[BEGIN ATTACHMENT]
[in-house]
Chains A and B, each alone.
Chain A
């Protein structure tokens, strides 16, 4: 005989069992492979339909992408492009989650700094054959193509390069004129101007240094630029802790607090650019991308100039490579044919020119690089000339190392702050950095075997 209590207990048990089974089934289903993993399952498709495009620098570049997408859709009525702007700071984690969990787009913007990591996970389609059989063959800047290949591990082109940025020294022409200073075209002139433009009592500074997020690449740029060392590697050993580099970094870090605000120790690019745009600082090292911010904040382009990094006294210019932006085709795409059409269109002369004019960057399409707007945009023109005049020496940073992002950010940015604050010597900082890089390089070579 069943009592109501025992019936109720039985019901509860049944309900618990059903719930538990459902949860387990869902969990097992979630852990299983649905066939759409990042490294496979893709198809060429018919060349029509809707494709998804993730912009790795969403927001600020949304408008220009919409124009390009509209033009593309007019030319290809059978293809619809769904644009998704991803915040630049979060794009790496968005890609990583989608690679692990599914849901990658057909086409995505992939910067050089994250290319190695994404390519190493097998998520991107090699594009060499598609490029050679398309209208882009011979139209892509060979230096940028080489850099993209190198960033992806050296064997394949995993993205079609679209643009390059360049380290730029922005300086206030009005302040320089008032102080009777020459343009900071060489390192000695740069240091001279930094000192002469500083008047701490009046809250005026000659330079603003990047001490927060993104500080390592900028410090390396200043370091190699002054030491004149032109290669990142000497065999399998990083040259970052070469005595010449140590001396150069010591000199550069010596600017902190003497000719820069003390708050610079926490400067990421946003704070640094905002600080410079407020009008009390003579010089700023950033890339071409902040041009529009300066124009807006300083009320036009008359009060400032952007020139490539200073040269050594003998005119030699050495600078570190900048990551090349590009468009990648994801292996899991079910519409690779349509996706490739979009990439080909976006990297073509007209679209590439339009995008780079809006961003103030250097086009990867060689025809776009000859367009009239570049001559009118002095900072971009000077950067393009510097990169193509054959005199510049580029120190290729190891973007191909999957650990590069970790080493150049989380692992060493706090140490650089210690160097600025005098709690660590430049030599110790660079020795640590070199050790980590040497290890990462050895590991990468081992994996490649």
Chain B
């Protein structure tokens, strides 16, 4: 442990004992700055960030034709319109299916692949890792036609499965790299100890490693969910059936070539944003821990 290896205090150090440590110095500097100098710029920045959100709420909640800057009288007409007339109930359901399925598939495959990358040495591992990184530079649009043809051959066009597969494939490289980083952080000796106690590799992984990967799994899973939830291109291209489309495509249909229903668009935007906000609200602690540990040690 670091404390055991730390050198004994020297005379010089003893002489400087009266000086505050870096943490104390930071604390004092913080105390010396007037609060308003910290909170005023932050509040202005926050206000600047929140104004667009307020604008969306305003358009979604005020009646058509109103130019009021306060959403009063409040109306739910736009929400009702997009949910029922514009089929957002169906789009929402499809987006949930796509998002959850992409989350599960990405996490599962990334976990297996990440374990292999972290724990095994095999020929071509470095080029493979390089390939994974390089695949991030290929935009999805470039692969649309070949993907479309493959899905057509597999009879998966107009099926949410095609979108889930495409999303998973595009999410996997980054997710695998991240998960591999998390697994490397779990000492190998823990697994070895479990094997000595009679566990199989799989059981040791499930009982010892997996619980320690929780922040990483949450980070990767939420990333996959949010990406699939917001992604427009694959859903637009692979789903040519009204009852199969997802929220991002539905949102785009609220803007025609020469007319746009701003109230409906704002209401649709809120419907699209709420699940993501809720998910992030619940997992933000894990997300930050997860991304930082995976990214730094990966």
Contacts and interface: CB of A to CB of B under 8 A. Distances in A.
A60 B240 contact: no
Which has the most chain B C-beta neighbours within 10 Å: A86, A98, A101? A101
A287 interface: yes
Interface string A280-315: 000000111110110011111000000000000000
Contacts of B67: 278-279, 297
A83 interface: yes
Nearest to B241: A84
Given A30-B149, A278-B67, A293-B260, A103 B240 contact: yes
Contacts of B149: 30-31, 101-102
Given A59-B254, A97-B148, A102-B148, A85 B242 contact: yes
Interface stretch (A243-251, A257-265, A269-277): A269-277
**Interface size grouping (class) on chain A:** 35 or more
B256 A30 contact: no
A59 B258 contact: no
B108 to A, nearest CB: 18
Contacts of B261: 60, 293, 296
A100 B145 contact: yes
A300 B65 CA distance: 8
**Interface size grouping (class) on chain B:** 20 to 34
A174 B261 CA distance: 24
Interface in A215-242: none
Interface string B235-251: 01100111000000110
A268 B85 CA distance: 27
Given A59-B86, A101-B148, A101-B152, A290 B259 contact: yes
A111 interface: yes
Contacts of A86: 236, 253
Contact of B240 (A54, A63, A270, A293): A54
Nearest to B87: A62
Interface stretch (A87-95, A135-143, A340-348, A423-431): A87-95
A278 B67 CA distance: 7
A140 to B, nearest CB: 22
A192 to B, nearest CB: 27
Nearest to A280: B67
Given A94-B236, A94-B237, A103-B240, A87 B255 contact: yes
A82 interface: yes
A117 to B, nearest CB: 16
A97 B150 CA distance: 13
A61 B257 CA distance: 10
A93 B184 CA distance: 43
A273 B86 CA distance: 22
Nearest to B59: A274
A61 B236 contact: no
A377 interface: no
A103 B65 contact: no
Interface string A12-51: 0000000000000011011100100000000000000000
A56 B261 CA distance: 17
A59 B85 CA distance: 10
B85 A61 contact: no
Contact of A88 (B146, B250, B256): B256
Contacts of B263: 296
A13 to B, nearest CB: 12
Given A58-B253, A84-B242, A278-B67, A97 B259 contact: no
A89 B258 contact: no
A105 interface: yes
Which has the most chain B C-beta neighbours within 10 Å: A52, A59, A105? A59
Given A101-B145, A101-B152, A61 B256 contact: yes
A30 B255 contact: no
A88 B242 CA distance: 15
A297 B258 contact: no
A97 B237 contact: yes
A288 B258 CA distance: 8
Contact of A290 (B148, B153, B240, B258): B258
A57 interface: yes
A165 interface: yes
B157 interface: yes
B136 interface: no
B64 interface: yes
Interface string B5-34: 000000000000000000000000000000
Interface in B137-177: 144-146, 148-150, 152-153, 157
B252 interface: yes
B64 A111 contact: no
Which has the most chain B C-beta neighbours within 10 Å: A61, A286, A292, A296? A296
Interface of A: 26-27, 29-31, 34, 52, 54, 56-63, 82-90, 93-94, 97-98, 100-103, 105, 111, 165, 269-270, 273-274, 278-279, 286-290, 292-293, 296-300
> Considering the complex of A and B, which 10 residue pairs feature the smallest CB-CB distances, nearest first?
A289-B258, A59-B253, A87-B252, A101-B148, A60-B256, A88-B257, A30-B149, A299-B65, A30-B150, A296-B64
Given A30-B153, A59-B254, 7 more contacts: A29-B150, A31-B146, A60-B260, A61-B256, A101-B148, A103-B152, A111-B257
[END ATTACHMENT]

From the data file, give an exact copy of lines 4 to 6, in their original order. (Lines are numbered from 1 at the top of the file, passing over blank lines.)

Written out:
């Protein structure tokens, strides 16, 4: 005989069992492979339909992408492009989650700094054959193509390069004129101007240094630029802790607090650019991308100039490579044919020119690089000339190392702050950095075997 209590207990048990089974089934289903993993399952498709495009620098570049997408859709009525702007700071984690969990787009913007990591996970389609059989063959800047290949591990082109940025020294022409200073075209002139433009009592500074997020690449740029060392590697050993580099970094870090605000120790690019745009600082090292911010904040382009990094006294210019932006085709795409059409269109002369004019960057399409707007945009023109005049020496940073992002950010940015604050010597900082890089390089070579 069943009592109501025992019936109720039985019901509860049944309900618990059903719930538990459902949860387990869902969990097992979630852990299983649905066939759409990042490294496979893709198809060429018919060349029509809707494709998804993730912009790795969403927001600020949304408008220009919409124009390009509209033009593309007019030319290809059978293809619809769904644009998704991803915040630049979060794009790496968005890609990583989608690679692990599914849901990658057909086409995505992939910067050089994250290319190695994404390519190493097998998520991107090699594009060499598609490029050679398309209208882009011979139209892509060979230096940028080489850099993209190198960033992806050296064997394949995993993205079609679209643009390059360049380290730029922005300086206030009005302040320089008032102080009777020459343009900071060489390192000695740069240091001279930094000192002469500083008047701490009046809250005026000659330079603003990047001490927060993104500080390592900028410090390396200043370091190699002054030491004149032109290669990142000497065999399998990083040259970052070469005595010449140590001396150069010591000199550069010596600017902190003497000719820069003390708050610079926490400067990421946003704070640094905002600080410079407020009008009390003579010089700023950033890339071409902040041009529009300066124009807006300083009320036009008359009060400032952007020139490539200073040269050594003998005119030699050495600078570190900048990551090349590009468009990648994801292996899991079910519409690779349509996706490739979009990439080909976006990297073509007209679209590439339009995008780079809006961003103030250097086009990867060689025809776009000859367009009239570049001559009118002095900072971009000077950067393009510097990169193509054959005199510049580029120190290729190891973007191909999957650990590069970790080493150049989380692992060493706090140490650089210690160097600025005098709690660590430049030599110790660079020795640590070199050790980590040497290890990462050895590991990468081992994996490649």
Chain B
């Protein structure tokens, strides 16, 4: 442990004992700055960030034709319109299916692949890792036609499965790299100890490693969910059936070539944003821990 290896205090150090440590110095500097100098710029920045959100709420909640800057009288007409007339109930359901399925598939495959990358040495591992990184530079649009043809051959066009597969494939490289980083952080000796106690590799992984990967799994899973939830291109291209489309495509249909229903668009935007906000609200602690540990040690 670091404390055991730390050198004994020297005379010089003893002489400087009266000086505050870096943490104390930071604390004092913080105390010396007037609060308003910290909170005023932050509040202005926050206000600047929140104004667009307020604008969306305003358009979604005020009646058509109103130019009021306060959403009063409040109306739910736009929400009702997009949910029922514009089929957002169906789009929402499809987006949930796509998002959850992409989350599960990405996490599962990334976990297996990440374990292999972290724990095994095999020929071509470095080029493979390089390939994974390089695949991030290929935009999805470039692969649309070949993907479309493959899905057509597999009879998966107009099926949410095609979108889930495409999303998973595009999410996997980054997710695998991240998960591999998390697994490397779990000492190998823990697994070895479990094997000595009679566990199989799989059981040791499930009982010892997996619980320690929780922040990483949450980070990767939420990333996959949010990406699939917001992604427009694959859903637009692979789903040519009204009852199969997802929220991002539905949102785009609220803007025609020469007319746009701003109230409906704002209401649709809120419907699209709420699940993501809720998910992030619940997992933000894990997300930050997860991304930082995976990214730094990966």